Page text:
I'm having a hard time finding a dupe of this question, but I assume it's been asked before....

If I add three items to a Set:

var s = new Set();
s.add(1); s.add(2); s.add(3);
Set(3) {1, 2, 3}

... How can I find out the index of an item?

There is no indexOf method for Set and I'm not sure if iterating over the Set is the best way. I've tried using the forEach API but can neither break nor return from this function:

  if (s.size < cells.length) {
    var count = 0;
    s.forEach(function (value) {
      if (cell.id.slice(0, -5) == value) {
        break;  //return fails here too...
      count ++;
    return count;
  • 1
    check stackoverflow.com/questions/3330193/early-exit-from-function for your 'break'/'return' part – treecon Jun 19 '17 at 20:56
  • not relevant to my question ^^ about getting an item's index in a Set – JacobIRR Jun 19 '17 at 20:57
  • @JacobIRR It is relevant to the 'break'/'return' part. As you say, if you could break the function, you would have your solution. – treecon Jun 19 '17 at 20:58
  • @JacobIRR it's the spread operator (...) all it does is copy all the elements in the set into the array e.g const numbers = [1, 2, 3]; console.log(sum(...numbers)); // expected output: 6 console.log(sum.apply(null, numbers)); // expected output: 6 – John Munyi Jun 12 '20 at 12:14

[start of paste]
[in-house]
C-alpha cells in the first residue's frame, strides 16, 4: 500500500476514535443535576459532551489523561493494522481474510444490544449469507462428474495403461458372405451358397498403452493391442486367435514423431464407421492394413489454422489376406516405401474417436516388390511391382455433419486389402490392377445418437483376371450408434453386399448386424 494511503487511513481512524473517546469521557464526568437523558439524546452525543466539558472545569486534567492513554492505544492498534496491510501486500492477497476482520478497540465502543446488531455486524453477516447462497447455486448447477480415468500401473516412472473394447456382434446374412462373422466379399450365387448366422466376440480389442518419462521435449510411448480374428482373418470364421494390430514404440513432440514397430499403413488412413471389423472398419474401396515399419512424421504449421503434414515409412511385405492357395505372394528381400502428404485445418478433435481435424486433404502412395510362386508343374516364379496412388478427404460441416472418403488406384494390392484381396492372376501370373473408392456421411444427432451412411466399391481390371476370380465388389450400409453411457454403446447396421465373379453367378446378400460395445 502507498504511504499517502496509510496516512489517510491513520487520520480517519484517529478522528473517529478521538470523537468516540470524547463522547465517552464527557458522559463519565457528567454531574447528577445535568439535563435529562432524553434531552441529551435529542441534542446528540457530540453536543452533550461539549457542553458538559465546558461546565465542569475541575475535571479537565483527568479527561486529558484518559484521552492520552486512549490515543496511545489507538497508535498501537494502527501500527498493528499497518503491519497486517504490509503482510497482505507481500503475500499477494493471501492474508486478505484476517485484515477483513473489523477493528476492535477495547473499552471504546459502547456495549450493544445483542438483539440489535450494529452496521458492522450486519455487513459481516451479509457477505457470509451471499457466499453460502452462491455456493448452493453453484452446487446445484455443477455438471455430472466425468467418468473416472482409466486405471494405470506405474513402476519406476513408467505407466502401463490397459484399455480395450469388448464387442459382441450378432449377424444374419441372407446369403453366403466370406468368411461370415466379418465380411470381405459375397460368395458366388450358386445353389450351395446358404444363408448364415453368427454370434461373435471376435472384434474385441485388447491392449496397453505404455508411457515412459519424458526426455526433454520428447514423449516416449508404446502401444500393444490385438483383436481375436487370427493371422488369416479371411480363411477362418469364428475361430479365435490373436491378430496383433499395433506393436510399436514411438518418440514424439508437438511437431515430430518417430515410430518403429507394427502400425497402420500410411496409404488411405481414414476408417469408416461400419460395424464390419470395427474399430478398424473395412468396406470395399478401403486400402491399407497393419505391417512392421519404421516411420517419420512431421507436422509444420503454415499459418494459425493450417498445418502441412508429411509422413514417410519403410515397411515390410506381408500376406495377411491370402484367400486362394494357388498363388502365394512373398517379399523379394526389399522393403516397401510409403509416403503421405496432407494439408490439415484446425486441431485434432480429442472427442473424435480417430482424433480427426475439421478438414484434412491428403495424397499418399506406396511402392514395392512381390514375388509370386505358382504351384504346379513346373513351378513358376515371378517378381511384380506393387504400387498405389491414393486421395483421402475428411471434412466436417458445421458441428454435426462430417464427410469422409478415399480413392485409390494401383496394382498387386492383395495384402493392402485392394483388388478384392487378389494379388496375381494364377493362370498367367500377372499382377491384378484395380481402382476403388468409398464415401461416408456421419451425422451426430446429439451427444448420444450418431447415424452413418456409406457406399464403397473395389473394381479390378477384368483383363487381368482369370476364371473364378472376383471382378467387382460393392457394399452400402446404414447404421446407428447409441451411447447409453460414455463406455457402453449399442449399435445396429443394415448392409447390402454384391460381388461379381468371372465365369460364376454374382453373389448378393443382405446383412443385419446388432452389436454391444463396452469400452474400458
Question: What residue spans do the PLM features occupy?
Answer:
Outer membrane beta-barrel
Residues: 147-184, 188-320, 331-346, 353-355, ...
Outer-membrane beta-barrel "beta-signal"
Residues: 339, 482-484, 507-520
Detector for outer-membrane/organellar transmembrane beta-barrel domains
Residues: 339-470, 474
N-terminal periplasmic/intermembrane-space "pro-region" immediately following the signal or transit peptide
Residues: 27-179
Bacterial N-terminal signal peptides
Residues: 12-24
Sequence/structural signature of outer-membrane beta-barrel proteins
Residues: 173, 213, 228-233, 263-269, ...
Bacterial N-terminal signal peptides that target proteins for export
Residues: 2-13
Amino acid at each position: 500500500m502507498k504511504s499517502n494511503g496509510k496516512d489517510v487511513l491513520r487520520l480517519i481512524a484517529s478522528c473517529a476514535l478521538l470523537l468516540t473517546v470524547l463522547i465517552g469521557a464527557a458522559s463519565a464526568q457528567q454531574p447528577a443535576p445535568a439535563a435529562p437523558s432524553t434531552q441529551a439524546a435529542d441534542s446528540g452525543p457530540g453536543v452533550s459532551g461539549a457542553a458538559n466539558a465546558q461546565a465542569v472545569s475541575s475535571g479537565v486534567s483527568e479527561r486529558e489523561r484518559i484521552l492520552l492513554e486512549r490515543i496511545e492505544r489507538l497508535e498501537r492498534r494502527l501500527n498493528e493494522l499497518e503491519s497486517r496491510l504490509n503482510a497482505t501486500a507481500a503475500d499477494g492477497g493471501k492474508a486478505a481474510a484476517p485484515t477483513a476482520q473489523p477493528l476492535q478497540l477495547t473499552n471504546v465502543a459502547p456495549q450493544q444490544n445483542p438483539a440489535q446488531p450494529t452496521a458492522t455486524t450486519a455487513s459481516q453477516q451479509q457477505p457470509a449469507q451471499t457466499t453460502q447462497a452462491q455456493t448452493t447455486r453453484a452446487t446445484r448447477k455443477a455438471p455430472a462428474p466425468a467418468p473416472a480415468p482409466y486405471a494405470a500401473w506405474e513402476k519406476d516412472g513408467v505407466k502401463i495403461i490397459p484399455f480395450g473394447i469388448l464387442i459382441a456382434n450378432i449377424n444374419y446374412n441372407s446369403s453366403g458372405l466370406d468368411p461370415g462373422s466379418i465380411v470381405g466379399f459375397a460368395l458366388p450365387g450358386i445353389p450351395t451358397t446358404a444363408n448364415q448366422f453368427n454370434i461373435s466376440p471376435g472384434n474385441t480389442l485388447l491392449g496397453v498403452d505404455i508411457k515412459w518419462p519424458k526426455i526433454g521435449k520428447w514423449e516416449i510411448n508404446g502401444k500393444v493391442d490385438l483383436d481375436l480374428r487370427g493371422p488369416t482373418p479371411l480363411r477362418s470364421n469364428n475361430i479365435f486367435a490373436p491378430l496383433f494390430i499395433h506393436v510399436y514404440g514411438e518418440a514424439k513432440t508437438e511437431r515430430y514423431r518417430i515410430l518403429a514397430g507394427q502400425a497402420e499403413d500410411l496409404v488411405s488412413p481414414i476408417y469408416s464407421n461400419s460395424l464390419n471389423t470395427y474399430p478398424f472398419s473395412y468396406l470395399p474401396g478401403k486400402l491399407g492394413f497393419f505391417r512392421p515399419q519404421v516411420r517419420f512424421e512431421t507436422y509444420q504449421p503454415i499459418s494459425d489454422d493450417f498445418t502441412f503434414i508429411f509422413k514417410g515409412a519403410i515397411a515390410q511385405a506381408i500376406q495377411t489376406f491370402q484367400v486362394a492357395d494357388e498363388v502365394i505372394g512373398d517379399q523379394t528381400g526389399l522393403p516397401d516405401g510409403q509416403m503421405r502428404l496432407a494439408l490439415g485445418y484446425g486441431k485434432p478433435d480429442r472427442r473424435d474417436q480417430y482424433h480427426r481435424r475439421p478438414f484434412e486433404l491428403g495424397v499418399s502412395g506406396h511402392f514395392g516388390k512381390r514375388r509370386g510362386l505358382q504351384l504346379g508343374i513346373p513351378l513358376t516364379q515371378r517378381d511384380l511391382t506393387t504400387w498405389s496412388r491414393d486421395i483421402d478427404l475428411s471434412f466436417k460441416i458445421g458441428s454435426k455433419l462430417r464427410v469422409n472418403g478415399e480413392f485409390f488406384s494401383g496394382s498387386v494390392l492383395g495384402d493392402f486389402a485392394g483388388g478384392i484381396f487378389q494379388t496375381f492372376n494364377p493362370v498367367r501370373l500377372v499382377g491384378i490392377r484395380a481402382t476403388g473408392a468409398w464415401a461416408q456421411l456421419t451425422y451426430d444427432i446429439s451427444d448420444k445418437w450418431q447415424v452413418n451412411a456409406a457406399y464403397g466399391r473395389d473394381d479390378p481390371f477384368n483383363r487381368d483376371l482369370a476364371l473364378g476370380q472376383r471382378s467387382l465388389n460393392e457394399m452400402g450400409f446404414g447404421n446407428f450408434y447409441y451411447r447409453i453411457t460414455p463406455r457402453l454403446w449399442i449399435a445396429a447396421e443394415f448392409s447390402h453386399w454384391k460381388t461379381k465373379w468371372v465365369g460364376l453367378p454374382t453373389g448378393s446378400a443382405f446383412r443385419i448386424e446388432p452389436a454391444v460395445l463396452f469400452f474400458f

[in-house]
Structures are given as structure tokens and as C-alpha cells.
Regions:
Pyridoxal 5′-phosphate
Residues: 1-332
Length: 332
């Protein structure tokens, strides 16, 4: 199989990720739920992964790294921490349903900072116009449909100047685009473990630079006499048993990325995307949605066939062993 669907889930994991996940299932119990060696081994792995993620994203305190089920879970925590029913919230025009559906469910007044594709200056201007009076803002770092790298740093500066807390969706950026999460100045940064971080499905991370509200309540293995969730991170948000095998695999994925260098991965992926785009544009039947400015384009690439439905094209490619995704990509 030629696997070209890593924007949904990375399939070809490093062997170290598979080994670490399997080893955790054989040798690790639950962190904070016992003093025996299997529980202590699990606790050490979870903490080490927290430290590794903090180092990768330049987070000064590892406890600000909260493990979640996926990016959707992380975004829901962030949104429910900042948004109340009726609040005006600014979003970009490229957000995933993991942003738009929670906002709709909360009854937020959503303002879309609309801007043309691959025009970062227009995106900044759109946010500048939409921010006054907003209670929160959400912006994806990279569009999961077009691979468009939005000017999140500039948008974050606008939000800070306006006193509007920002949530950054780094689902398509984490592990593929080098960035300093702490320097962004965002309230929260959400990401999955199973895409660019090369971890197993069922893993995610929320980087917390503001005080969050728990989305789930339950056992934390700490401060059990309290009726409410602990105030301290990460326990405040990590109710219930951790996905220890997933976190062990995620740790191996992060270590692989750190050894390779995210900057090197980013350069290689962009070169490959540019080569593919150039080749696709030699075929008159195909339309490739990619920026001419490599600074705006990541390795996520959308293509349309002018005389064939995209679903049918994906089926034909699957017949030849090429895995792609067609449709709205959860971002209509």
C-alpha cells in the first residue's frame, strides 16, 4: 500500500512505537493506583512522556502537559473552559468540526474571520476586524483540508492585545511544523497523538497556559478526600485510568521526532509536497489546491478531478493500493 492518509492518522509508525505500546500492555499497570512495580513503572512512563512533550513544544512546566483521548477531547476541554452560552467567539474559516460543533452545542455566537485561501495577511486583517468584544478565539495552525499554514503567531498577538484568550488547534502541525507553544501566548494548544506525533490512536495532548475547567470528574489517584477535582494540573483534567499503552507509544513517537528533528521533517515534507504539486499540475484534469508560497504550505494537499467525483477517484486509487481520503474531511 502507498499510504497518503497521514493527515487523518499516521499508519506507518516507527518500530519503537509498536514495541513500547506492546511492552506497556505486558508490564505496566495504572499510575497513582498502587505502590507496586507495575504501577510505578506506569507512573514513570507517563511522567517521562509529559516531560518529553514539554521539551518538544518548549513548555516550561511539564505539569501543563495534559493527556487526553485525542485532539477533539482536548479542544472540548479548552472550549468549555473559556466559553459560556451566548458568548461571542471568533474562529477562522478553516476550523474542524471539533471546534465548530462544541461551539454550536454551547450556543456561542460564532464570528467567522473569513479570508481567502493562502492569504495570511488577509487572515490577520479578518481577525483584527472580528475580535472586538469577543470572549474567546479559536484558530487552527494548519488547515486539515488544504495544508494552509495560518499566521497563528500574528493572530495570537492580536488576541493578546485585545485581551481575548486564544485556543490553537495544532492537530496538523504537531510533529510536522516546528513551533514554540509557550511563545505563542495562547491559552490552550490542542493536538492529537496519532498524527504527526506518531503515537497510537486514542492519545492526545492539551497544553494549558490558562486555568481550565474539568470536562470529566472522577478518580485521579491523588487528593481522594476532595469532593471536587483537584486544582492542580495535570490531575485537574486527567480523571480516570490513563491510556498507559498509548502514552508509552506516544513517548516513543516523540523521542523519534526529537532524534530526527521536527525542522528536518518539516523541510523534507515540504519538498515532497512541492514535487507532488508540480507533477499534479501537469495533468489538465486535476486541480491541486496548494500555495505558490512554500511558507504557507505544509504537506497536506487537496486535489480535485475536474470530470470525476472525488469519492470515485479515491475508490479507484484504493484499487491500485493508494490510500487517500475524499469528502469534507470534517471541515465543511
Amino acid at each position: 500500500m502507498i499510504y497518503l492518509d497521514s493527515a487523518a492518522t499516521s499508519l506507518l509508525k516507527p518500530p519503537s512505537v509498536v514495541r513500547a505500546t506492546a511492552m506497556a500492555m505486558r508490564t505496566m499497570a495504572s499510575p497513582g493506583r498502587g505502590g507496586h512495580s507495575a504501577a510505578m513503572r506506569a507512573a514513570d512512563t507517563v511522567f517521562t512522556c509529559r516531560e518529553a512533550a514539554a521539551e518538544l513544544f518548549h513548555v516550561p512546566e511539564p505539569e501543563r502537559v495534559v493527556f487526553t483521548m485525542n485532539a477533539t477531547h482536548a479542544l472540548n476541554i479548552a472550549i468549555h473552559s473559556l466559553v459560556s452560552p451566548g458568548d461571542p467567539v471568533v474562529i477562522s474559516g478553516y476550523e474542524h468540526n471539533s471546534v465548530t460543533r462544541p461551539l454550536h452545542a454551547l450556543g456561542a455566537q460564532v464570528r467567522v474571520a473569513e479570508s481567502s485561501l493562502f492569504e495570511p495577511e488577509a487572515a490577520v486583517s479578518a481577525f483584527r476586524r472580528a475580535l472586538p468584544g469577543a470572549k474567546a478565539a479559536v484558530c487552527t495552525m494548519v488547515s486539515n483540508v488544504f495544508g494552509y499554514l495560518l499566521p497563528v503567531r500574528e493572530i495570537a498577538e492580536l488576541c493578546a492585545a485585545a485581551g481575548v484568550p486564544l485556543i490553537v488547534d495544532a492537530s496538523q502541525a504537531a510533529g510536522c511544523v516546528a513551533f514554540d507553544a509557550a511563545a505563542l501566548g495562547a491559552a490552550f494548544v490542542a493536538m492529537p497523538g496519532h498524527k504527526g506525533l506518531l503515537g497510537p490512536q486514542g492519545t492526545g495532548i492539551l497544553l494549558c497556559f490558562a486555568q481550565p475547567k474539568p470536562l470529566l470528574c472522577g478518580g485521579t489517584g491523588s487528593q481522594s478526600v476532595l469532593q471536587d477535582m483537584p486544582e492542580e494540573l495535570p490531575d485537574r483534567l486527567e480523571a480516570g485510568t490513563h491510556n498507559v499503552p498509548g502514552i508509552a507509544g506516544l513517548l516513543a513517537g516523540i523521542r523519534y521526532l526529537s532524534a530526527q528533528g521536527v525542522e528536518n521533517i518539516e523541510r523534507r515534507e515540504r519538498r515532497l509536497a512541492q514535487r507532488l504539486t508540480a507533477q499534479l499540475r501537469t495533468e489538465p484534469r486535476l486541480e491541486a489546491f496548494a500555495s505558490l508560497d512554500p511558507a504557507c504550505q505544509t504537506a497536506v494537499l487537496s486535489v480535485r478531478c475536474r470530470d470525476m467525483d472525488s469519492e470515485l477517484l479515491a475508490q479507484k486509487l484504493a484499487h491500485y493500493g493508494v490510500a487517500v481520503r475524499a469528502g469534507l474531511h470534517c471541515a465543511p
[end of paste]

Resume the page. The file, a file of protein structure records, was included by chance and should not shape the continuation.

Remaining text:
The purpose of Sets is not so much to give an order number, but if you need one, the pragmatic solution is to temporarily turn it into an array with the spread syntax:

count = [...s].indexOf(cell.id.slice(0, -5));

If for some reason you prefer looping, then use some instead of forEach:

[...s].some(function (value) {
  if (cell.id.slice(0, -5) == value) {
    return true; // this will stop the iteration
  count ++;

Or why not use the ES6 for of loop:

for (const value of s) {
  if (cell.id.slice(0, -5) == value) {
    break; // this will stop the iteration
  count ++;

NB: Although the use of the old-style for ... in loop is discouraged for use with arrays, this does not hold for the for ... of loop.


Your Answer

By clicking “Post Your Answer”, you agree to our terms of service, privacy policy and cookie policy

Not the answer you're looking for? Browse other questions tagged or ask your own question.